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Virtualization For Dummies® [Kindle Edition]

Bernard Golden
4.7 out of 5 stars  See all reviews (29 customer reviews)

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Book Description

Virtualization has become a “megatrend”—and for good reason. Implementing virtualization allows for more efficient utilization of network server capacity, simpler storage administration, reduced energy costs, and better use of corporate capital. In other words: virtualization helps you save money, energy, and space. Not bad, huh?

If you’re thinking about “going virtual” but have the feeling everyone else in the world understands exactly what that means while you’re still virtually in the dark, take heart. Virtualization for Dummies gives you a thorough introduction to this hot topic and helps you evaluate if making the switch to a virtual environment is right for you.

This fun and friendly guide starts with a detailed overview of exactly what virtualization is and exactly how it works, and then takes you on a tour of the benefits of a virtualized environment, such as added space in overcrowded data centers, lower operations costs through more efficient infrastructure administration, and reduced energy costs through server consolidation.

Next, you’ll get step-by-step guidance on how to:

  • Perform a server virtualization cost versus benefit analysis
  • Weigh server virtualization options
  • Choose hardware for your server virtualization project
  • Create a virtualized software environment
  • Migrate to—and manage—your new virtualized environment

Whether you’re an IT manager looking to sell the idea to your boss, or just want to learn more about how to create, migrate to, and successfully manage a virtualized environment, Virtualization for Dummies is your go-to guide for virtually everything you need to know.



Editorial Reviews

About the Author

Bernard Golden has been called “a renowned open source expert” (IT Business Edge) and “an open source guru” (SearchCRM.com) and is regularly featured in magazines like Computerworld, InformationWeek, and Inc. His blog “The Open Source” is one of the most popular features of CIO Magazine’s Web site. Bernard is a frequent speaker at industry conferences like LinuxWorld, the Open Source Business Conference, and the Red Hat Summit. He is the author of Succeeding with Open Source, (Addison-Wesley, 2005, published in four languages), which is used in over a dozen university open source programs throughout the world. Bernard is the CEO of Navica, a Silicon Valley IT management consulting firm.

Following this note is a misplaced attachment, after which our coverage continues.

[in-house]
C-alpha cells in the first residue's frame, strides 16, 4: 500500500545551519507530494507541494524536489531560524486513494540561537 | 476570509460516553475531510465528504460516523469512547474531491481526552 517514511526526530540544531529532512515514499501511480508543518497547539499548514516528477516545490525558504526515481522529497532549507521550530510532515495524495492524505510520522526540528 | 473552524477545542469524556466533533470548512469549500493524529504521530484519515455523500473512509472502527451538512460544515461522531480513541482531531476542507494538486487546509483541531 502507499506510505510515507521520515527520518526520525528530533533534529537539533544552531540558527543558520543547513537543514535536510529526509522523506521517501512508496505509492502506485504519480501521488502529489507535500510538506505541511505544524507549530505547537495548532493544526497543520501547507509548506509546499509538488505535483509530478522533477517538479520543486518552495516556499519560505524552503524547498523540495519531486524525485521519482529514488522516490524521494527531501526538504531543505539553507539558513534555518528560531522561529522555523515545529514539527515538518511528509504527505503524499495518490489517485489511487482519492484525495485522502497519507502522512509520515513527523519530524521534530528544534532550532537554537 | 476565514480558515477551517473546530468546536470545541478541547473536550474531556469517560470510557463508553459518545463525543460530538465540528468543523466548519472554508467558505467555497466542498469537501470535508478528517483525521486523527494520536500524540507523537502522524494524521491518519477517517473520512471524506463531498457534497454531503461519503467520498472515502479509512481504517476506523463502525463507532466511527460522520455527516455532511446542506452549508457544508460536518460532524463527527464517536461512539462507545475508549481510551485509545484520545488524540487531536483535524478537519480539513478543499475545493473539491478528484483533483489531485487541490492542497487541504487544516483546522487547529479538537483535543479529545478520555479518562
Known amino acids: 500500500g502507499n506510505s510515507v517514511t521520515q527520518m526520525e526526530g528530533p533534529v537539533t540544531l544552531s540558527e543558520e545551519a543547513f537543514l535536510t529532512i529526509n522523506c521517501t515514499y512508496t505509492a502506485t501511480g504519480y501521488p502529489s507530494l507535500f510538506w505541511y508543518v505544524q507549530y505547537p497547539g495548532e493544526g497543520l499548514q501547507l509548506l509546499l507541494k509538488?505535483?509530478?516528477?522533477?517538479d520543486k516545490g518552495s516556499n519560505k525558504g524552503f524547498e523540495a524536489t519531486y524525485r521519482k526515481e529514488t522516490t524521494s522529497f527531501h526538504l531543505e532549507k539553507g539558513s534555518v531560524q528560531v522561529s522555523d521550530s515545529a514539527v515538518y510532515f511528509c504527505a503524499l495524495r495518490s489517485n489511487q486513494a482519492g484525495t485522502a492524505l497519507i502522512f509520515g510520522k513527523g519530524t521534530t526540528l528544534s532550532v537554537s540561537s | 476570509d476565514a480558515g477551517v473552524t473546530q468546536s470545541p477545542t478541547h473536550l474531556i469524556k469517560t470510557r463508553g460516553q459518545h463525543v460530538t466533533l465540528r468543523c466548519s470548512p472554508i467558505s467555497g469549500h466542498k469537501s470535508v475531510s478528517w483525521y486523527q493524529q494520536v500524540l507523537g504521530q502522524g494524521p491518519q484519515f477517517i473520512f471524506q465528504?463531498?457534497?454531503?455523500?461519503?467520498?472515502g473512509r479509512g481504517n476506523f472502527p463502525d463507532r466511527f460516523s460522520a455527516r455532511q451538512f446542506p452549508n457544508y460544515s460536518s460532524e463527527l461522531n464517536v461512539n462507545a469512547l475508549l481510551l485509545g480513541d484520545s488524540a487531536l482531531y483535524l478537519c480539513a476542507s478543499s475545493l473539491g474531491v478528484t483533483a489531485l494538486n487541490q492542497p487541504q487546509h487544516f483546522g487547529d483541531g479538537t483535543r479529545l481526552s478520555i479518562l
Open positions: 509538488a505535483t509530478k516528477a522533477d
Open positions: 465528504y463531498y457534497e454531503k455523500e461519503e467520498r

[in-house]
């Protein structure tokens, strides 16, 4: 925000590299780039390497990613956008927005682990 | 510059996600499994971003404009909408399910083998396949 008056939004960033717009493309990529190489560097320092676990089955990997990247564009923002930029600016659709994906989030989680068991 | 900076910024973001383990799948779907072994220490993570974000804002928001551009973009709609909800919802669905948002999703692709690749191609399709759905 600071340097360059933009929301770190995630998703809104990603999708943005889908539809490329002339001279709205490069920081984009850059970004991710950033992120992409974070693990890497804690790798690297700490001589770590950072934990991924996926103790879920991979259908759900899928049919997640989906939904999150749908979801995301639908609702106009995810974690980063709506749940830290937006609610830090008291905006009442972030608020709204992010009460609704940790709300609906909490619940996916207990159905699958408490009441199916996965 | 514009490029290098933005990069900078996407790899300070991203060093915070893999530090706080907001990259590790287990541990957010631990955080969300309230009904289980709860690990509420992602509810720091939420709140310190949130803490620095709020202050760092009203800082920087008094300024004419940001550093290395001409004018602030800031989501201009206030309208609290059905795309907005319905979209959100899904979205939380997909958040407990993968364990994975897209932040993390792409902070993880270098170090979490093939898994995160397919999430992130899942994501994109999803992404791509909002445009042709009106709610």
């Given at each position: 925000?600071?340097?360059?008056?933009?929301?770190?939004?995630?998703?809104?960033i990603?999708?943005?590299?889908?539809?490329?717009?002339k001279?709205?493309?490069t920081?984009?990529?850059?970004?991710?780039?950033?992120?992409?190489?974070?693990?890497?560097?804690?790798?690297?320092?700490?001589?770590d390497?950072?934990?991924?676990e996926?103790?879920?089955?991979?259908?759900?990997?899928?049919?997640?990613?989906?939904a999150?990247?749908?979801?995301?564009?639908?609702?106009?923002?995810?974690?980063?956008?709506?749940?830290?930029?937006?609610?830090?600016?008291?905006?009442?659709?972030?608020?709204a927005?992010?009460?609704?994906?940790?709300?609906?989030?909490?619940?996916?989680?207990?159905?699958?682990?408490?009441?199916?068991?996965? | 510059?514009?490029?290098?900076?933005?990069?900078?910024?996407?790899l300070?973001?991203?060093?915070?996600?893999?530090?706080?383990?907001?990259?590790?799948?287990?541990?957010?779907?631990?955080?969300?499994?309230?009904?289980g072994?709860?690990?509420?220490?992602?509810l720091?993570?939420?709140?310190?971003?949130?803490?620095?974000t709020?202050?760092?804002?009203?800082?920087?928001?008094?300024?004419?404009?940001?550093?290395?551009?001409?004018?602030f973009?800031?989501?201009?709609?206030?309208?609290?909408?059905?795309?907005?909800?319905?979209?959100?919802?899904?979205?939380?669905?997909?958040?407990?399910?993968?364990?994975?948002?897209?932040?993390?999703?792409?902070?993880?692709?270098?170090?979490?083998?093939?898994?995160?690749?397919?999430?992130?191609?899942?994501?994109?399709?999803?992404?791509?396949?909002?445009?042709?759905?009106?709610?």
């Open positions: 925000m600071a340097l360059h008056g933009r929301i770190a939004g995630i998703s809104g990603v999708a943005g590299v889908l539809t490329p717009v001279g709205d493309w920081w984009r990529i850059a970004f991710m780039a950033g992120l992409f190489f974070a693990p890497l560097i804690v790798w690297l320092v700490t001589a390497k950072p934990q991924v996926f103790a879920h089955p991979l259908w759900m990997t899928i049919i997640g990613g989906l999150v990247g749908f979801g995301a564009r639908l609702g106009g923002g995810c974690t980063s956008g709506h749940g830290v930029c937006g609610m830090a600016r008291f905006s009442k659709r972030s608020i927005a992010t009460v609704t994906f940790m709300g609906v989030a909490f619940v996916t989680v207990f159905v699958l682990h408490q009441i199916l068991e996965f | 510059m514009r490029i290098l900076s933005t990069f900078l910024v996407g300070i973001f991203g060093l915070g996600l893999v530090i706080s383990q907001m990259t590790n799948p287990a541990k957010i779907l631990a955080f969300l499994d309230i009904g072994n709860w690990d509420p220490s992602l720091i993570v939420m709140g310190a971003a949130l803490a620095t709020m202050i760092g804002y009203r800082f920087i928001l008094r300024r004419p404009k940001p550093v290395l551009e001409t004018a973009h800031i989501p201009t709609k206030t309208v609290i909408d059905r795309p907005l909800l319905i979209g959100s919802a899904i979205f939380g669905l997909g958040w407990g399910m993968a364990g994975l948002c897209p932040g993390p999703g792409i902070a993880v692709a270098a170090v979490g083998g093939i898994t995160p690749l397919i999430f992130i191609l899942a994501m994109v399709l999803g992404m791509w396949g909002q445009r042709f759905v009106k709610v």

Product Details

  • File Size: 9016 KB
  • Print Length: 388 pages
  • Page Numbers Source ISBN: 0470148314
  • Publisher: For Dummies; 1 edition (December 5, 2007)
  • Sold by: Amazon Digital Services, Inc.
  • Language: English
  • ASIN: B0010SGR58
  • Text-to-Speech: Enabled
  • X-Ray:
  • Lending: Enabled
  • Amazon Best Sellers Rank: #284,568 Paid in Kindle Store (See Top 100 Paid in Kindle Store)
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Customer Reviews

Most Helpful Customer Reviews
15 of 15 people found the following review helpful
4.0 out of 5 stars Great Primer for Beginners March 30, 2008
Format:Paperback
"Virtualization for Dummies" is intended to provide the non-technical or para-technical reader (e.g. technology procurement analysts, technical writers, project managers) with a thorough but still high-level understanding of virtualization technology. The initial chapters describe the `nuts and bolts' of the technology itself including it's benefits and limitations, the main products in the field, and how it actually performs its magic. While parts of this can get a little technical, the author does an admirable job of demystifying the basic concepts and practices of Virtualization.

The remainder of the book expands into a variety of sub-topics that include such things as hardware evaluation and selection, cost-benefits analysis, and implementing virtualization using various, industry-standard products. Readers can choose the chapters and sub-chapters that best suit their needs and skim through the balance.